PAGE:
Ehrlichiosis Clinical Presentation

Updated: Jun 22, 2021
  • Author: Chinelo N Animalu, MD, MPH, FIDSA; Chief Editor: Michael Stuart Bronze, MD  more...
  • Print


Clinical manifestations of ehrlichiosis usually begin 5-14 days after the tick bite. Approximately 68% of patients with human monocytic ehrlichiosis (HME) report a tick bite, and 83% of patients have a history of tick exposure in the 4-week period before onset of symptoms. Onset is abrupt or subacute.

The histories for HME, human granulocytic anaplasmosis (HGA), and E ewingii infection are similar and may include the following [1, 2] :

  • Tick bites or exposure (>90%)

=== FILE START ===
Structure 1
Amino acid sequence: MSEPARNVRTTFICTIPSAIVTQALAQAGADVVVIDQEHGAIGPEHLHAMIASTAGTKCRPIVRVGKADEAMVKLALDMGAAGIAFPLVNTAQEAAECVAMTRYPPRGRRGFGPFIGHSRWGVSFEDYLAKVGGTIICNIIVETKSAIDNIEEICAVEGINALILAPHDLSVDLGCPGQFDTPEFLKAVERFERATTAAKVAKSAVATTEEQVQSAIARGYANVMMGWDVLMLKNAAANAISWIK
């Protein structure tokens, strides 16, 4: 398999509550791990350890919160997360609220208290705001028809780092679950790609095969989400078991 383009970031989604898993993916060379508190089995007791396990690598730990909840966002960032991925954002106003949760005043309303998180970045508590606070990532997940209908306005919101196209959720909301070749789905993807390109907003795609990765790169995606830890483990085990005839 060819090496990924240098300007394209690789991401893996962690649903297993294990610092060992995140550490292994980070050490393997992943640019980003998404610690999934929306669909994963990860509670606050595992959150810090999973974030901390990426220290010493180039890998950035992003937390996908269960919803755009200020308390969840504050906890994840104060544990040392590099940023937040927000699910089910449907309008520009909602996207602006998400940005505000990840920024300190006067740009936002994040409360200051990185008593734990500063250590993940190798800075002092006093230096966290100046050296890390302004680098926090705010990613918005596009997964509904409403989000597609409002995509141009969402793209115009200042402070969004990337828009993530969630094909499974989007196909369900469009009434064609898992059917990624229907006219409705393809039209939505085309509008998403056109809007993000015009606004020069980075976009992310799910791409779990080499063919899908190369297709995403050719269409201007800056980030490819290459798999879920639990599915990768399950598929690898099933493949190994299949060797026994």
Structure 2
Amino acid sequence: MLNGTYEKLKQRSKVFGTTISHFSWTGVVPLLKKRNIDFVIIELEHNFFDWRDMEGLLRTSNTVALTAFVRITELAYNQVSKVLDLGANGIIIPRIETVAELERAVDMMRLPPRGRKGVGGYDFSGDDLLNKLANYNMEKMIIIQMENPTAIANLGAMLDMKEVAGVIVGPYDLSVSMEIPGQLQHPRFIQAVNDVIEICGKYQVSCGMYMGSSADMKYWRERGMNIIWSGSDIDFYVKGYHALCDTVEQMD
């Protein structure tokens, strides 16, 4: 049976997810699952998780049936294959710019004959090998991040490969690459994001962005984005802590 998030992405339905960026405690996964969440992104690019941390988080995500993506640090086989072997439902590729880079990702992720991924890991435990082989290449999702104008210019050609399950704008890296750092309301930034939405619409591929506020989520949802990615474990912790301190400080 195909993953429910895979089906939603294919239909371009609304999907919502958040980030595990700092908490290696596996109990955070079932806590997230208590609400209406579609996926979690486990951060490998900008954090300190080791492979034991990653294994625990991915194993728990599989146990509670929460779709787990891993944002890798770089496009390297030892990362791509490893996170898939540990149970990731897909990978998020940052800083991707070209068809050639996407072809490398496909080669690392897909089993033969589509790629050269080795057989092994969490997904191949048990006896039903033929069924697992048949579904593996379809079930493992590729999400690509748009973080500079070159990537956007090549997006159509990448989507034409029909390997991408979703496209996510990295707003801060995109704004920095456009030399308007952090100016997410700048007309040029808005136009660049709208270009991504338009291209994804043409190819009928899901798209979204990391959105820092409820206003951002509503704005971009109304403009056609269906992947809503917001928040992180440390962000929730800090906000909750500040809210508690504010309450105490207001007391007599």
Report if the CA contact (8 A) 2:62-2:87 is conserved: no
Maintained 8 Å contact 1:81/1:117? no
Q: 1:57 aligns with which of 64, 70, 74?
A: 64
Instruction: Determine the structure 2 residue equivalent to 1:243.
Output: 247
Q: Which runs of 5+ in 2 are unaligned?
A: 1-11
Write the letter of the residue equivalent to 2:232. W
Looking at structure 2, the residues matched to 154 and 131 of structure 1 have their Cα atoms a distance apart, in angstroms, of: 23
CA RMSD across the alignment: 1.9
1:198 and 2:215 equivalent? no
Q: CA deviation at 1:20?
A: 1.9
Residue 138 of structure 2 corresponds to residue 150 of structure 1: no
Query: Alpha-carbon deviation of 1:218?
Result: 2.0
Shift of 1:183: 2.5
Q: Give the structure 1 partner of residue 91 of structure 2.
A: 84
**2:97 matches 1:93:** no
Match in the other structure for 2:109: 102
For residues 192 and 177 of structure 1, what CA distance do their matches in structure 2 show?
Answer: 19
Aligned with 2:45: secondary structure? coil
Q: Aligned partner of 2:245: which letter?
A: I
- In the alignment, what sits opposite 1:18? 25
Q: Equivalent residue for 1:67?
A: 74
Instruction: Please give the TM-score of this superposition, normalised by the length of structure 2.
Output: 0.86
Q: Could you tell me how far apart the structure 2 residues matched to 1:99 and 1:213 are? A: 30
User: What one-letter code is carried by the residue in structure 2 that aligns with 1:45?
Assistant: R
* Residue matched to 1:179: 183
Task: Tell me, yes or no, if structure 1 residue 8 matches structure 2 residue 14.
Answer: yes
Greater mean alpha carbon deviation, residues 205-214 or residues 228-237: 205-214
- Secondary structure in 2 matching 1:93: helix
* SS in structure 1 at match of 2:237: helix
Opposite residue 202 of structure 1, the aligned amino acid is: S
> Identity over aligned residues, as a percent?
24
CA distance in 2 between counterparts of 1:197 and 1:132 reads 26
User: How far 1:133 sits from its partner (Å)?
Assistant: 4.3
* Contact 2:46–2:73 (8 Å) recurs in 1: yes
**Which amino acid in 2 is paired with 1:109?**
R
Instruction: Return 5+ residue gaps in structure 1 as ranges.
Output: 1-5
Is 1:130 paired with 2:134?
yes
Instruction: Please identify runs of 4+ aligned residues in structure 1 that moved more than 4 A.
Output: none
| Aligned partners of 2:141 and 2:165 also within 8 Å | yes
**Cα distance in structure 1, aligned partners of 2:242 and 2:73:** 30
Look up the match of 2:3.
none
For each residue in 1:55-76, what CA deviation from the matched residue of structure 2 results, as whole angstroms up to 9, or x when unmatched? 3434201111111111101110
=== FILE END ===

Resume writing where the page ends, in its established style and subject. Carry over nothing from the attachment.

• Fevers (>90%)
  • Headaches (>85%)
  • Malaise (>70%)
  • Myalgias (>70%)
  • Rigors (60%)
  • Nausea (40%)
  • Vomiting (40%)
  • Anorexia (40%)
  • Confusion (20%)

Skin rash is not considered a common feature of ehrlichiosis and should not be used to rule in or rule out an infection. E chaffeensis infection can cause rash in up to 60% of children, but rash is reported in fewer than 30% of adults. Rash is not commonly reported in patients infected with E ewingii or the E muris-like organism. [13]


Physical Examination

Physical findings due to ehrlichiosis are minimal.

Splenomegaly is not uncommon, but some patients develop hepatomegaly. Lymphadenopathy is very uncommon.



Complications of ehrlichiosis include the following:

  • Renal failure

  • Respiratory failure

  • Coagulopathy

  • Myocarditis

  • Encephalopathy

  • Coma

  • Seizures

  • Septic shock